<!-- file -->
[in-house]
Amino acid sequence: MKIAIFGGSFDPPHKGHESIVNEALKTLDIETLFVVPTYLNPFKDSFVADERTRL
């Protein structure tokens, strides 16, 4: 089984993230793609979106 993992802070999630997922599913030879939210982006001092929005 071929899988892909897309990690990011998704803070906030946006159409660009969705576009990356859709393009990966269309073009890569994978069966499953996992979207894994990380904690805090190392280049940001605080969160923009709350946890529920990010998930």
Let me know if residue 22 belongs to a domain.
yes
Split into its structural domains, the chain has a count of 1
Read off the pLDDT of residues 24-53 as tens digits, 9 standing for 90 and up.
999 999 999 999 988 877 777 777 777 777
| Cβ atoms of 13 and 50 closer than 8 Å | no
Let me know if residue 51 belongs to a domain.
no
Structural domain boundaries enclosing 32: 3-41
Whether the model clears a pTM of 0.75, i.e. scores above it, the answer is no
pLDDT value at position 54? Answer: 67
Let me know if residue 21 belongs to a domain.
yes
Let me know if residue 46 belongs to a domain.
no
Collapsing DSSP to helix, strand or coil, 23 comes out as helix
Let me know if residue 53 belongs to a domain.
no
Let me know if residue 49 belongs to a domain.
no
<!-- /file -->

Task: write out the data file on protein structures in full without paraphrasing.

[in-house]
Amino acid sequence: MKIAIFGGSFDPPHKGHESIVNEALKTLDIETLFVVPTYLNPFKDSFVADERTRL
């Protein structure tokens, strides 16, 4: 089984993230793609979106 993992802070999630997922599913030879939210982006001092929005 071929899988892909897309990690990011998704803070906030946006159409660009969705576009990356859709393009990966269309073009890569994978069966499953996992979207894994990380904690805090190392280049940001605080969160923009709350946890529920990010998930």
Let me know if residue 22 belongs to a domain.
yes
Split into its structural domains, the chain has a count of 1
Read off the pLDDT of residues 24-53 as tens digits, 9 standing for 90 and up.
999 999 999 999 988 877 777 777 777 777
| Cβ atoms of 13 and 50 closer than 8 Å | no
Let me know if residue 51 belongs to a domain.
no
Structural domain boundaries enclosing 32: 3-41
Whether the model clears a pTM of 0.75, i.e. scores above it, the answer is no
pLDDT value at position 54? Answer: 67
Let me know if residue 21 belongs to a domain.
yes
Let me know if residue 46 belongs to a domain.
no
Collapsing DSSP to helix, strand or coil, 23 comes out as helix
Let me know if residue 53 belongs to a domain.
no
Let me know if residue 49 belongs to a domain.
no